I started on a quest to build my own rig a few years ago. After researching the RV industry extensively, I was finding the only units that I would consider living in were well out of my price range by about a lottery-winning’s worth of money. Even then, they still didn’t have everything I was looking for. So, I decided to build my own.
Quick stats for those interested in the bullet-points:
- 2,130 watts of solar
- 48v battery system (raw lithium cells)
- 7,680 watt-hours of usable battery storage (640 amp-hours @ 12v equivalent)
- Using a 48v-to-12v converter to run 12v appliances
- 125 gallons of fresh water
- 10 gallon electric water heater
- No propane
- Recently added a diesel heater and diesel jerry can
- Yes, I can run the air conditioning as long as I want off of solar alone without need for a generator
- 3,600 watt inverter (just like being plugged into 30-amp shower power all the time)
The plans and designs of the trailer changed many times over the design and build process. Once I was somewhat decided on a size and shape, I worked with a company that built custom trailers to create mine. We went through a few iterations of blueprint mockups before all parties agreed and signed off on the construction of the trailer. Their job was to build me a large, solid, metal box on wheels. My job was to do everything else.
Shortly after purchasing the trailer, I was running low on funds, and because I wanted to build it debt-free, and I wanted to get some actual RV’ing experience before building out the entire rig, I decided to pick up a truck camper and run around in it for a while. It was a great learning experience, and it helped influence some of the decisions I made in the final build-out.
I seriously got to work on the trailer build in April, 2018. By July 6th, 2018, I had my ceremonial launch of the AFE (Awesomest Fort Ever). It was a grueling construction timetable, but I’m really happy I got it done and launched before the Texas heat I was doing the construction in got any worse.
One of my goals in the design of the AFE was to not have propane. To accomplish this, an excessive amount of battery and solar power was required. I wanted to have a 30kwh battery system, but due to the cost of lithium batteries, I was only able to afford the minimum spec that my rig demanded, a 9.6kwh system (with 80% usable, so that came out to 7680watt-hours). By my calculations, that was sufficient to run the heat pump all night (with obviously no solar coming in) in below-freezing conditions.
Speaking of no-propane and heat pumps, I installed a 48-volt DC air conditioner / heat pump. This, in theory, would allow me to have both heat and air conditioning, as needed, without the need to have propane or run a generator. More on that later.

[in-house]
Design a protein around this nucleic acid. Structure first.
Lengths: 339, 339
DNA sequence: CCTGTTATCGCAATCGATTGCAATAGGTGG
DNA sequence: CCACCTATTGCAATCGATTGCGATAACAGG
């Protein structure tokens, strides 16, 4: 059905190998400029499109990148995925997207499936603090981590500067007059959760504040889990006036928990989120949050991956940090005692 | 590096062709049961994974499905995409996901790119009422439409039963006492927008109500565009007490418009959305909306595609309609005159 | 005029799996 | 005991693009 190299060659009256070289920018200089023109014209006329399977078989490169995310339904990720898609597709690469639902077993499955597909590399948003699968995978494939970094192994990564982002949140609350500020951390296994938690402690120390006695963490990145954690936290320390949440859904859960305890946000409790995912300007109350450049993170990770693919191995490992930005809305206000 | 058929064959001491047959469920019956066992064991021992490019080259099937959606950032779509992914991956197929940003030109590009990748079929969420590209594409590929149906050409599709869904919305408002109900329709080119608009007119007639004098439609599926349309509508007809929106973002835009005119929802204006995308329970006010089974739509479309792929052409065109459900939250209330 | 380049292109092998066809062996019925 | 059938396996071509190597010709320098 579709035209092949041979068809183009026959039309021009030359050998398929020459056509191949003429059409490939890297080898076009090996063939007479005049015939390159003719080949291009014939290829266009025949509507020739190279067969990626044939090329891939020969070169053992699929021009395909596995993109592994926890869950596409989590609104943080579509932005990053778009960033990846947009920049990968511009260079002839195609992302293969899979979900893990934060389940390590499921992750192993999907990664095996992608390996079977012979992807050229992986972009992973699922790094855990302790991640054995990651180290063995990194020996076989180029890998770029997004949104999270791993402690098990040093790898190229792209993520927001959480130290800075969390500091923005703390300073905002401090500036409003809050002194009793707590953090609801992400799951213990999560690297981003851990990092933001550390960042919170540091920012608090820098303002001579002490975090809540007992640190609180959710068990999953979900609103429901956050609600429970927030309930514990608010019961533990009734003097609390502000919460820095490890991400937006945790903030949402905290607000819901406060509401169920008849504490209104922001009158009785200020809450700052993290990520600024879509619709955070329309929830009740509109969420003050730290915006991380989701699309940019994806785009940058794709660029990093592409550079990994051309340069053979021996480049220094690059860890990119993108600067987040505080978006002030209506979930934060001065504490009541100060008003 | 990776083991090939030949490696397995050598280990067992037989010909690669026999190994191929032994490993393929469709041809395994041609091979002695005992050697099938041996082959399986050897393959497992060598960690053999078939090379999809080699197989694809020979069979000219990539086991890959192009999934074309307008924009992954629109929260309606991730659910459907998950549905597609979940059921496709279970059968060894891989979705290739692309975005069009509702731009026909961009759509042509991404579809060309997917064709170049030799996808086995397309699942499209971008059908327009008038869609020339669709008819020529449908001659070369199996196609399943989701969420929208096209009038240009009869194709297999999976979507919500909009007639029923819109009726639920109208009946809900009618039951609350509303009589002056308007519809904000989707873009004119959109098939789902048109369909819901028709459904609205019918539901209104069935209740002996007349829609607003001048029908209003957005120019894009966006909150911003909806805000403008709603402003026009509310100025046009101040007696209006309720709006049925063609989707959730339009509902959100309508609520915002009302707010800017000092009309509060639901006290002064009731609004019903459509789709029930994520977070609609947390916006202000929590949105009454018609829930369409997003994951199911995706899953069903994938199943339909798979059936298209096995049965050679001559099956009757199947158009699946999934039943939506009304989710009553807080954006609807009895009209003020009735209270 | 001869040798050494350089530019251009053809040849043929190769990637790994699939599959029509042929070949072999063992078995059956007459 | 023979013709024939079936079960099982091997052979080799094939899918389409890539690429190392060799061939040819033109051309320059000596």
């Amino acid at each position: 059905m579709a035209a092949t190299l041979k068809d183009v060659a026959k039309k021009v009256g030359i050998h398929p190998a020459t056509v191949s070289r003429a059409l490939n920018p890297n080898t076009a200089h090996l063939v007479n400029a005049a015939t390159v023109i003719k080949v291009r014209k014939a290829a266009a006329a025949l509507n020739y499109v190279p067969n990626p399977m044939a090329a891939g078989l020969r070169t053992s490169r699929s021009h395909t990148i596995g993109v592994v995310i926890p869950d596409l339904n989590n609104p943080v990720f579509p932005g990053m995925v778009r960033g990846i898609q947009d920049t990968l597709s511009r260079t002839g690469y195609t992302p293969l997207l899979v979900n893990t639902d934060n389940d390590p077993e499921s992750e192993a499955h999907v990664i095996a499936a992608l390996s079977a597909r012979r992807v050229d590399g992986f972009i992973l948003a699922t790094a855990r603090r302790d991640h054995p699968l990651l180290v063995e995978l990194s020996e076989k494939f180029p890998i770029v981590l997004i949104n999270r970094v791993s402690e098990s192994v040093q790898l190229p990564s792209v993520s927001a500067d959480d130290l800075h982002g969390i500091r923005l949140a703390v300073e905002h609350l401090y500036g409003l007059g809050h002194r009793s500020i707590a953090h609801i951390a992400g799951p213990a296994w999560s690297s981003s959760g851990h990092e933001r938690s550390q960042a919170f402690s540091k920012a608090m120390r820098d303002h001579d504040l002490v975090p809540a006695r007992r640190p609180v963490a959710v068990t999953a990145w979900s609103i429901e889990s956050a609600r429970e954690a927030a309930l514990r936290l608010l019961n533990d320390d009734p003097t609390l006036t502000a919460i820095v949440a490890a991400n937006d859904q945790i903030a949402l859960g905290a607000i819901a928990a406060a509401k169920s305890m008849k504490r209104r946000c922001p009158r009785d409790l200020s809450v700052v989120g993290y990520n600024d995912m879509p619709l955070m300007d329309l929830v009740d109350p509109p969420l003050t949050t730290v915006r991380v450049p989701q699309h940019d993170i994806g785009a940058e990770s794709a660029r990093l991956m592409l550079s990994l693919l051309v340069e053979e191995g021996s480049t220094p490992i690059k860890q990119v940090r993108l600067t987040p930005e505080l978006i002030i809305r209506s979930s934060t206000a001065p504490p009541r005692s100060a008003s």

To charge the batteries and run the whole system, I installed 2,130 watts of solar. (6) 355-watt solar panels were wired together in series-parallel connections to produce the voltage required to power my 48-volt lithium battery bank. These solar panels have worked beautifully over the past year+ that the AFE has been on the road and it’s amazing to me how much power they continue to generate, every single day. Even on cloudy days, I almost never have to worry about how much power is coming on, or how much power I’m using. If there’s one piece of advice I could give everyone that wants to go off-grid it’s this: there’s no such thing as “too much solar.”
The AFE has been running all over the country in the past year, from east Texas to Minnesota, to Oregon, down into Arizona, up through Utah and Montana and into Alberta, Canada. Recently we even did a whirlwind tour from Alberta to Colorado to Minnesota and back in just over a month. The AFE certainly gets a lot of miles put on her.
With all of this travel and various conditions, I’m very happy to say that I’ve never once had an electrical problem in the AFE. Its electrical systems have been 100% reliable and always worked like they should. The only major problems I have had is with the heat pump and it’s unreliability in heating mode. Unfortunately, that’s a manufacturer’s design issue, and as such, I won’t be recommending that brand to anyone. If you are interested in getting a heat pump in your rig, I’d recommend a slightly-less-efficient but much more popular Mitsubishi or similar unit.
The AFE is continuing to change as time goes on. This winter I’ll be converting her from a “bumper-pull” type of trailer to a gooseneck trailer. This will afford me much better safety and stability when towing. It’s going to be a major welding and fabrication job, and I’ve enlisted a friend that is very experienced at these kinds of projects to do the work for me this winter. Along with the conversion, I’ll be adding dual front electric jacks, various truck-storage boxes, and an upgraded 48v to 12v conversion system to handle the increased power requirements of those electric jacks. I’m really excited about this upgrade and will share the details when that upgrade comes through.